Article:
My Experience of Dementia

I haven’t posted a blog for quite a while and want to bring you up-to-date with events in my life over the past year. If you have tried to contact me and received no reply, I want to offer an explanation. I am now 89 years old, just 2 months away from my 90th birthday. Just over a year ago, I was diagnosed with vascular dementia. A friend is helping me to post this, as I now find it difficult to find my way around a computer. I want to share my experience with others who might have dementia and also with those who care for them.

When I was diagnosed, I was shocked. I was told to focus on the joys in my life rather than the handicaps. There are many things I still enjoy. I love spending time with my friends and family who are all very supportive and understanding. My grandchildren are a delight. My garden gives me great pleasure, although I find it hard to work in the garden because my mobility is now limited and I am in danger of falling. I use a walker and have a stair lift. Most days I take a short walk to a nearby café for coffee, but it is annoying that I must always have someone with me.

Many of the things I used to enjoy, I can no longer do. At age 87 I went to a gym 3 times a week and worked for hours in my garden. I have written 5 books and many articles and used to write a monthly blog on my website. None of this is possible now. I was having a lovely time, and it is not easy to accept this dramatic change.

I find it really frustrating that my short term memory is now so bad. Put yourself in my place. If you couldn’t remember things, how annoying would that be! It’s not so much that I can’t think, it’s that I can’t remember what I thought. Sometimes I forget what I set out to say half way through a sentence.
I can’t remember a conversation five minutes after having it. Keeping a sense of humour helps. In a conversation with a group of friends, I find it easier to take part if I can talk about a subject I choose. Joining in with their subject is harder.

Reading is another issue. It’s one thing to read but another to understand what you are reading. When you are reading a book or newspaper, you have to remember a train of thought, and this is now difficult for me. So what was once a great pleasure is now a challenge, but I keep trying.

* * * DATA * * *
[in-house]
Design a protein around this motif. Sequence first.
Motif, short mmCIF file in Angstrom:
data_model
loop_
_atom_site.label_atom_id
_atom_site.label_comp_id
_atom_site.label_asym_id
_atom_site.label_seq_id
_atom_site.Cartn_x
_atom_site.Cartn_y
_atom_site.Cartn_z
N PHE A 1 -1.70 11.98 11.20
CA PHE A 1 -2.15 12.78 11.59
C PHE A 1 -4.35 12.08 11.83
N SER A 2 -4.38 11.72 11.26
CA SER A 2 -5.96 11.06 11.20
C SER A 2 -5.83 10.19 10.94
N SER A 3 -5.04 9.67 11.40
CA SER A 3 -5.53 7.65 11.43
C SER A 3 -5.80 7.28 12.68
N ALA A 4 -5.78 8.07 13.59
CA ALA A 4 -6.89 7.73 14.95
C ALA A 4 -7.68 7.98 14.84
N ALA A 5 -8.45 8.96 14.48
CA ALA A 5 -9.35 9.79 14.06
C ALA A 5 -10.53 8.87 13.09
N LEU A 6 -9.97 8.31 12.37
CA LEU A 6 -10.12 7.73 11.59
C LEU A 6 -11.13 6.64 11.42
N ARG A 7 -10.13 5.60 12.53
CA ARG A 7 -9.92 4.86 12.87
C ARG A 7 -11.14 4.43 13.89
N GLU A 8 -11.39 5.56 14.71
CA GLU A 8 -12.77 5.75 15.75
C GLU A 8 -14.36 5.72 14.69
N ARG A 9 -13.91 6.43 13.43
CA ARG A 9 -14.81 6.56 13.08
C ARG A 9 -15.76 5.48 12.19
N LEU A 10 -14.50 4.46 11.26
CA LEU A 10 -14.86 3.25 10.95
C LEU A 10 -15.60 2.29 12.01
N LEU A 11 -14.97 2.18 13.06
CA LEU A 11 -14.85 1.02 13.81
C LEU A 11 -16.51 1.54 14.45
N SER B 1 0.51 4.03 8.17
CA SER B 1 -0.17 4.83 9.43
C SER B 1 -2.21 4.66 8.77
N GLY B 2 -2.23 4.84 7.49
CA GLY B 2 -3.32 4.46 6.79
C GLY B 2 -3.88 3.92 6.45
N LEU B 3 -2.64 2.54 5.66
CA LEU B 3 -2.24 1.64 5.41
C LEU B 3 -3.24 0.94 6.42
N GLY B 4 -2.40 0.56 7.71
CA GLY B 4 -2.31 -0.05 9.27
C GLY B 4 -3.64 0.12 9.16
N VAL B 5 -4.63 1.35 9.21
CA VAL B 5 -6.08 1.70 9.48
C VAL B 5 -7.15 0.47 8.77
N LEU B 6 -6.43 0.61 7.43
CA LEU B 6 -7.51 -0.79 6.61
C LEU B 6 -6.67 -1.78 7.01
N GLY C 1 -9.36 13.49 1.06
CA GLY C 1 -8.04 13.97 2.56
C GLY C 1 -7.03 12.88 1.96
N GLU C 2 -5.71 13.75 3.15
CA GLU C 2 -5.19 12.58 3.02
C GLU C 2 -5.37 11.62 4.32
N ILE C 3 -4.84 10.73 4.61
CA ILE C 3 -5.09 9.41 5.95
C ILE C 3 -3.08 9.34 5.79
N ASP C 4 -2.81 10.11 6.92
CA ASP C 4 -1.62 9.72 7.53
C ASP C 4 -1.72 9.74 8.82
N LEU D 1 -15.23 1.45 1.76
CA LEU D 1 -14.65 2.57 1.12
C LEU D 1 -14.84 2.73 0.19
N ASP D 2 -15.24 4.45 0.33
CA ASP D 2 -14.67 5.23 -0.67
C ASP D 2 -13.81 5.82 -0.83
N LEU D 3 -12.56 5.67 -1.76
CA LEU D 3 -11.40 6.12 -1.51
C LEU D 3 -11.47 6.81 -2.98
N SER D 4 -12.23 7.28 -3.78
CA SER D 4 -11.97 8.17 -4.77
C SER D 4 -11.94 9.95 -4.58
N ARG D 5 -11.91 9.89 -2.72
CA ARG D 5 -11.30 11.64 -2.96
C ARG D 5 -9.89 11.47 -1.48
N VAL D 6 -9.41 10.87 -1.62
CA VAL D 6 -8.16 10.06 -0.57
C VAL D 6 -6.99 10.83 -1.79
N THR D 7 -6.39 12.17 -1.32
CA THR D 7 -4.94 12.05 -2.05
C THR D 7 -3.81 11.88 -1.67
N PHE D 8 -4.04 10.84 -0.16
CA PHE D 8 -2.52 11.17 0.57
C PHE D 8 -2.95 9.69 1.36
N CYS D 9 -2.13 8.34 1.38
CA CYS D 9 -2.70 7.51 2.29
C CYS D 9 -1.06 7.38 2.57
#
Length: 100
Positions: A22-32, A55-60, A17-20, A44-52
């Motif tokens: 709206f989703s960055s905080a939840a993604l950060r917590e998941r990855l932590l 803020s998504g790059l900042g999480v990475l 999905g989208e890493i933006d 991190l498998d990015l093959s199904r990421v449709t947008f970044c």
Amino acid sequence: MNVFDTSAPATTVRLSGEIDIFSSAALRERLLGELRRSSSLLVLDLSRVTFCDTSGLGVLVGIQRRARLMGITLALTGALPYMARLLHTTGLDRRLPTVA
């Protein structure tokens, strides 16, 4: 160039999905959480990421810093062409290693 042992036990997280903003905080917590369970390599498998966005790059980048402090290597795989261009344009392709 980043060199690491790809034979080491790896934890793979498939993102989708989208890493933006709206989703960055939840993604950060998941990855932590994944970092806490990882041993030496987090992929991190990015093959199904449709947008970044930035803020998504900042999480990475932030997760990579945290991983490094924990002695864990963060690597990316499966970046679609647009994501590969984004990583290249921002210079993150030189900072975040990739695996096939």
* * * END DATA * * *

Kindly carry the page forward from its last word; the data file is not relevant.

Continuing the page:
One afternoon last week, I had a rest as usual. I was very tired after a long walk. When I woke up, I was very confused and in a panic. I didn’t know who I was and where I was. I thought I was working as I used to do years ago. It was very strange and confusing. After a while, I was OK. My wife told me that when I was in hospital recently after a fall, I had a day when I was in a delusion, very similar to today but prolonged. I thought I was leading a workshop at an Oxford College and the doctors were the participants. I wanted to tell them that they needed to compromise with me and let me go home. I didn’t understand that I was in a hospital, and I have no memory of any of this. The incident at home was a bit different, in that I knew something wasn’t right.

I hate the feeling of being out of control. I find it very hard not being able to go anywhere on my own. I dislike being “looked after” and need to be treated with respect in spite of my limitations. Thankfully, there is much that I can still do and enjoy. I love going down to the Saturday market in our town, especially in the summer when I can sit outside at a café table with a coffee and watch the activity in the town. I really enjoy being out and about. Sitting at home can be boring. I don’t want to do crosswords and puzzles. I want to be among people and in touch with the world.

Although I am no longer active as a campaigner for positive change, I still offer my website and writings as a resource and hope they will be of use for some time to come.


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